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Kokuchūkai Headquarters

The Kokuchūkai (国柱会?, "Pillar of the Nation Society") is a lay-oriented Nichiren Buddhist organisation.[1] It was founded by Tanaka Chigaku in 1880 as Rengekai (蓮華会?, "Lotus Blossom Society") and renamed Risshō Ankokukai (立正安国会?) in 1884 before adopting its current name in 1914.[1][2]

Originally based in Yokohama, the group shifted its head office to Tokyo, Kyoto-Osaka, Kamakura and Miho, Shizuoka Prefecture before finally moving back to Tokyo.[1][3] The group is currently based in Ichinoe, Edogawa-ku.[1]


Among the group's principal teachings are to return to the teachings of the founder of Nichiren Buddhism, the 13th-century monk Nichiren and unite the various sects of Nichiren Buddhism.[1] The group's teachings are characterized by a strong form of Nichirenism.[1]

The group's sacred text is the Lotus Sutra[1] and their main object of reverence is the Sado Shigen Myō Mandara (佐渡始原妙曼荼羅?), a mandala supposedly made by Nichiren on the island of Sado.[1][4]


At its height in 1924, the group's membership was estimated at over 7000.[3] The literary figures Takayama Chogyū and Kenji Miyazawa[5] were members of the Kokuchūkai for a time. The group's official website continues to claim them,[6][7] but they ultimately rejected Tanaka's nationalistic views.[3]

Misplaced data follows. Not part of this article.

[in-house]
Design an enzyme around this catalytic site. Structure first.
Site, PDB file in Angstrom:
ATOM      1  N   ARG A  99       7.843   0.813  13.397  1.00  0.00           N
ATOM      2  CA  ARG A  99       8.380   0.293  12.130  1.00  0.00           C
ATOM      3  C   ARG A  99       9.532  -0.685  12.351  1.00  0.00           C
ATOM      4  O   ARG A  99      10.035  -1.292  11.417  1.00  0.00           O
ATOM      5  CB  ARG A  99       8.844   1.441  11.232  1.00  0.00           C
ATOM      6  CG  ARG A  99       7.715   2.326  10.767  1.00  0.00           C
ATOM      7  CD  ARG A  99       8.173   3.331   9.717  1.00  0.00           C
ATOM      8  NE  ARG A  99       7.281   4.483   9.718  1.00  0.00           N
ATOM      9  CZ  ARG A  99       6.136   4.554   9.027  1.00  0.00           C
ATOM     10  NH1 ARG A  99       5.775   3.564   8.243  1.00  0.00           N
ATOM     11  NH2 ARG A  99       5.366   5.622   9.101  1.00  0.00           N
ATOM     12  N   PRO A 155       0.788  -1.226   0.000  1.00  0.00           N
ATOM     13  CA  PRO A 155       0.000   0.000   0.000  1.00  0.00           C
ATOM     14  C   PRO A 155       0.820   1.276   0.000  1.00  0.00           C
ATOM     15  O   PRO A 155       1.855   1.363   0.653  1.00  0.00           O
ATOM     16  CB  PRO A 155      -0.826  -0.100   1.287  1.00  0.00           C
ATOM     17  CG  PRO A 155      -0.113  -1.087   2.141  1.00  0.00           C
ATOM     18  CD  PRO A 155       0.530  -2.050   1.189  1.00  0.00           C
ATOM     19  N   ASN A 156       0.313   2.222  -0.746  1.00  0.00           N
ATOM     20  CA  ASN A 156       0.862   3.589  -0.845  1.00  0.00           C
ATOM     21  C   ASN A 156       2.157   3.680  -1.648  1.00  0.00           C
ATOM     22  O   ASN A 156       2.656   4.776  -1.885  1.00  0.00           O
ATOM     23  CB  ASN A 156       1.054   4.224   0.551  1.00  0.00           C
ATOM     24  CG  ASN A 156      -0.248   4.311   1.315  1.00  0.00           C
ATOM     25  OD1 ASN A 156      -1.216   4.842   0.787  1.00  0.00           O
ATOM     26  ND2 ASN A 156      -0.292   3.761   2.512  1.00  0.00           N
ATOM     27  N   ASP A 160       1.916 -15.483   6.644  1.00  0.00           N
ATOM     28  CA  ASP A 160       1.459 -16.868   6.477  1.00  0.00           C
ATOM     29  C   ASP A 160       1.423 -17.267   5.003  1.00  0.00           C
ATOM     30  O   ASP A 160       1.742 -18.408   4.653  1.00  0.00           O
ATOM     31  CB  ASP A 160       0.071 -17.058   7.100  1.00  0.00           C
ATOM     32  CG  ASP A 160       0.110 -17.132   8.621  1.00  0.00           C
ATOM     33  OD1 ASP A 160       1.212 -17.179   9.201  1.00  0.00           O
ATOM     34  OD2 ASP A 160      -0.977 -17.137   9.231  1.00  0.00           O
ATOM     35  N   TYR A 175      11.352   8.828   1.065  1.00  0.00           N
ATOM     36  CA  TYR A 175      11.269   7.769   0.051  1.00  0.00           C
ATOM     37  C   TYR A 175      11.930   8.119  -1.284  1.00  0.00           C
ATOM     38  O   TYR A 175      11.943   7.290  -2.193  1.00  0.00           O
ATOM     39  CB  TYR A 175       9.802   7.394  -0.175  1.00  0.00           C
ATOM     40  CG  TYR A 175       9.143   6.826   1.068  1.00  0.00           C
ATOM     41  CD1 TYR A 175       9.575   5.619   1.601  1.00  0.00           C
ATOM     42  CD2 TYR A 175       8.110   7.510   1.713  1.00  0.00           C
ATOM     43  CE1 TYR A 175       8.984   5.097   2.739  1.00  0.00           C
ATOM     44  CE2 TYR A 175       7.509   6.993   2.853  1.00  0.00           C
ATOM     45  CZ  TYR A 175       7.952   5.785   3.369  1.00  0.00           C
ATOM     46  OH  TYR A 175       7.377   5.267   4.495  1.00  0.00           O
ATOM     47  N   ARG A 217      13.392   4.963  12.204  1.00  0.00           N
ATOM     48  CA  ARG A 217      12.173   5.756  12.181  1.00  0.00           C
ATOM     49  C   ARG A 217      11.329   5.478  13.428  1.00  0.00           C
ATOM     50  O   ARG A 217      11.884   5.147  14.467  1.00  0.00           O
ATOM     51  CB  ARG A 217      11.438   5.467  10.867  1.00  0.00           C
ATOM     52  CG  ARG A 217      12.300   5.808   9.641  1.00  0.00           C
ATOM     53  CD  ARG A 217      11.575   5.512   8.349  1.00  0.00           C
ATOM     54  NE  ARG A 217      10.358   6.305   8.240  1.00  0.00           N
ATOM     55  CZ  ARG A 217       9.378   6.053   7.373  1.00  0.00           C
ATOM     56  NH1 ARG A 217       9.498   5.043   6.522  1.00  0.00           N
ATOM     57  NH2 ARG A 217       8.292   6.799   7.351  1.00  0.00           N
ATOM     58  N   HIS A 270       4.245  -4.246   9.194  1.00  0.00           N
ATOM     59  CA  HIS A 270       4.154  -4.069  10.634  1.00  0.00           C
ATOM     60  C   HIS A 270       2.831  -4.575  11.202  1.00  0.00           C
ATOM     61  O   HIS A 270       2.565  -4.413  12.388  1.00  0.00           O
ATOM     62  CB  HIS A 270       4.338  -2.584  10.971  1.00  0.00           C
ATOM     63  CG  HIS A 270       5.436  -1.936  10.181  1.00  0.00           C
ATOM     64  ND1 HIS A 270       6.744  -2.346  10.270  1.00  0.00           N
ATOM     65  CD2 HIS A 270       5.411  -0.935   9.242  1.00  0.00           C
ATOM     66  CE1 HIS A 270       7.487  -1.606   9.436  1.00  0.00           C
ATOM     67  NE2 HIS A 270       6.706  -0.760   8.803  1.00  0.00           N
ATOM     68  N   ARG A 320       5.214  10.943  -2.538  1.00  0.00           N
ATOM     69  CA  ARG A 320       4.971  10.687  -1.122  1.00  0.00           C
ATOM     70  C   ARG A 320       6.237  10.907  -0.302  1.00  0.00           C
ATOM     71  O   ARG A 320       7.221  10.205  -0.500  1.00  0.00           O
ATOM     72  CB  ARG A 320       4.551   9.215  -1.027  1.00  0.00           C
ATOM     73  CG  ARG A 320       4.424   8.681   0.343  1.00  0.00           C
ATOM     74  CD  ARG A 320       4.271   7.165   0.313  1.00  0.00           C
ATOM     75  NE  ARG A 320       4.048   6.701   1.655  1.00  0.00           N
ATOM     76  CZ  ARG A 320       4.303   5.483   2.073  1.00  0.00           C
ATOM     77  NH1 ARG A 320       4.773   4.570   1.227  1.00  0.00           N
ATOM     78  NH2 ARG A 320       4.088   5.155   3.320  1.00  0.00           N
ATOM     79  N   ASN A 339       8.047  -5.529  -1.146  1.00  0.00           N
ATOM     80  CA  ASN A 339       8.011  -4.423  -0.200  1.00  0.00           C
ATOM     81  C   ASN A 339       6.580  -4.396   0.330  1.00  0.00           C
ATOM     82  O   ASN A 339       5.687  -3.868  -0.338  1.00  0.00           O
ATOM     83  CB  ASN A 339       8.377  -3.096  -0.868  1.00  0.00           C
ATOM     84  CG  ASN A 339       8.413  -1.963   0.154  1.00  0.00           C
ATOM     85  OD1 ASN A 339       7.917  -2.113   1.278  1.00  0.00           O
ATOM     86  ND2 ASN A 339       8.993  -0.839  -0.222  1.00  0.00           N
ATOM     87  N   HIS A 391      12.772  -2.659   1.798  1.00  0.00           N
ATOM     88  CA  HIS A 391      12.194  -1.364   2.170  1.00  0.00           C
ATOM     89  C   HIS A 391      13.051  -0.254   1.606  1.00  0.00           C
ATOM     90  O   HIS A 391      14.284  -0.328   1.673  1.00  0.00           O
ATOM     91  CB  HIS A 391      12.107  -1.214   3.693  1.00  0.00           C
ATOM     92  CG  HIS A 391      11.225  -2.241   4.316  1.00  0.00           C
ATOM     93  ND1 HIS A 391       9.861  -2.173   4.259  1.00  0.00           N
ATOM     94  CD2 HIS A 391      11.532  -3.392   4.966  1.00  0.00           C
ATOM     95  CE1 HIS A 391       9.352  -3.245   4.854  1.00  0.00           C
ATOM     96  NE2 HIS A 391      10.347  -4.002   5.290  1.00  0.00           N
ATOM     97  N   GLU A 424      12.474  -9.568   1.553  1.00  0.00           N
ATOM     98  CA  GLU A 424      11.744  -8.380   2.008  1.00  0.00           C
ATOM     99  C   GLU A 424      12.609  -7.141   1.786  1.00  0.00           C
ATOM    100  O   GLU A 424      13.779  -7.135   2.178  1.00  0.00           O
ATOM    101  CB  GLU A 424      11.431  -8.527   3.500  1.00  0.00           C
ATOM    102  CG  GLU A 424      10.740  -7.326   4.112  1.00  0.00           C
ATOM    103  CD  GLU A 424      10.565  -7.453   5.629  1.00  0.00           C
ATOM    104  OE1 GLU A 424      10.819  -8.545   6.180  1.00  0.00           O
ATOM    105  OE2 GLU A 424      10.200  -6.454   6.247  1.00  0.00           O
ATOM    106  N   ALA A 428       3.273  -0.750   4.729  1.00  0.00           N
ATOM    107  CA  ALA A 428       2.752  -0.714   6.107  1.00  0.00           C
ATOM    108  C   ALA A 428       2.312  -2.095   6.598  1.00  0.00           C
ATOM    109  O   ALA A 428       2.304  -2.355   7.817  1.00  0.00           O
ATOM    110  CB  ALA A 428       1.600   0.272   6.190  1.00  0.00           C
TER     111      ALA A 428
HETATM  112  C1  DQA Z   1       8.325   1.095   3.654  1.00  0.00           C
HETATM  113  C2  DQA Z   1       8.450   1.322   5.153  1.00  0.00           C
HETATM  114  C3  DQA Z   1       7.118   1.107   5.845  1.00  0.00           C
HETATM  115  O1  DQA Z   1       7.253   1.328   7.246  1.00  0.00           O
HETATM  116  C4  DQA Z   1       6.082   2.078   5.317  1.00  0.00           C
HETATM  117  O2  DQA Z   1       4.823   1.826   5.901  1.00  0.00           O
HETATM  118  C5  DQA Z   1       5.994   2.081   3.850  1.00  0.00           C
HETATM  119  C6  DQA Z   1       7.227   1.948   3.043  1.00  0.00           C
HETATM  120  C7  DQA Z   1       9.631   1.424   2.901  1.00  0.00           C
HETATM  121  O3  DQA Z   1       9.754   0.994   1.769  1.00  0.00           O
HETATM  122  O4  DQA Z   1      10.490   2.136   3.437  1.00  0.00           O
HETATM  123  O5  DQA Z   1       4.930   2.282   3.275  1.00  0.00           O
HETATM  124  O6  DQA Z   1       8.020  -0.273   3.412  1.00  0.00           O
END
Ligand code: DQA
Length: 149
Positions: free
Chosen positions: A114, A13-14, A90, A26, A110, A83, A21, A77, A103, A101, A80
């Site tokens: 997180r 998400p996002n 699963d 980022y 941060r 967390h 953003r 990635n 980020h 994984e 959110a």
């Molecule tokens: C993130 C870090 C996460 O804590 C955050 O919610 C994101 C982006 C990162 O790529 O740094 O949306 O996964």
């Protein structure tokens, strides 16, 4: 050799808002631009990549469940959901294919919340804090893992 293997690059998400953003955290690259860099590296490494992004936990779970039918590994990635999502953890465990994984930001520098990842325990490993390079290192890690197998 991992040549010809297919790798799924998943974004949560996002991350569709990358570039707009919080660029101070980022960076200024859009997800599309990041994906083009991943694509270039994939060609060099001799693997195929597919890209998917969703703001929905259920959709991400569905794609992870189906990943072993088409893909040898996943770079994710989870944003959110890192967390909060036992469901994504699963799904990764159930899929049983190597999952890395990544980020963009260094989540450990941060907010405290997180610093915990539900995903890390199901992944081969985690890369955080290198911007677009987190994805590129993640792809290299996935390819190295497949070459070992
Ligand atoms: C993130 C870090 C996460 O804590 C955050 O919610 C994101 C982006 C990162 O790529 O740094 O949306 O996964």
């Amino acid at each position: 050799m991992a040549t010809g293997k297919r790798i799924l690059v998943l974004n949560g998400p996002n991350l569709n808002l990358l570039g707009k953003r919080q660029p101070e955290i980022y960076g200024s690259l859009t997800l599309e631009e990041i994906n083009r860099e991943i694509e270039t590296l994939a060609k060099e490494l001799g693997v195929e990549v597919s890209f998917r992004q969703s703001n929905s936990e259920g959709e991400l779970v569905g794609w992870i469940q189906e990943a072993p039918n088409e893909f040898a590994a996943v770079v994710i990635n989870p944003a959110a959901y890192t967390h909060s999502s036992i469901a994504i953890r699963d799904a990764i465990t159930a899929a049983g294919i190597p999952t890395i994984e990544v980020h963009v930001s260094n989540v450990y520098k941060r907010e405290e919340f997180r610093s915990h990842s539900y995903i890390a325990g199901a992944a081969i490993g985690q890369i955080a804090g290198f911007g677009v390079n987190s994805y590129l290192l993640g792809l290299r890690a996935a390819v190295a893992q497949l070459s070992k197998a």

The group's publications include the monthly magazines Nichiren-shugi (日蓮主義?, "Nichirenism") and Shin-sekai (真世界?, "True World").[1]


  1. ^ a b c d e f g h i Britannica Kokusai Dai-hyakkajiten article "Kokuchūkai". 2007. Britannica Japan Co.
  2. ^ Eiichi Ōtani, Ajia no Bukkyō-nashonarizumu no Hikaku-bunseki ("A Comparative Analysis of Buddhist Nationalism in Asia"). International Research Center for Japanese Studies. p 115
  3. ^ a b c Jacqueline I. Stone, "By Imperial Edict and Shogunal Decree: politics and the issue of the ordination platform in modern lay Nichiren Buddhism". IN: Steven Heine; Charles S. Prebish (ed.) Buddhism in the Modern World. New York: Oxford University Press. 2003. ISBN 0195146972. pp 197-198.
  4. ^ Risshō Ankoku no jitsugen e on the Kokuchūkai's official website.
  5. ^ Keene, Donald (1999), A History of Japanese Literature: Volume 4: Dawn to the West — Japanese Literature of the Modern Era (Poetry, Drama, Criticism), New York: Columbia University Press, p. 285, ISBN 978-0-2311-1439-4 .
  6. ^ "Takayama Chogyū" on the Kokuchūkai's official website.
  7. ^ "Kenji Miyazawa" on the Kokuchūkai's official website.


External links[edit]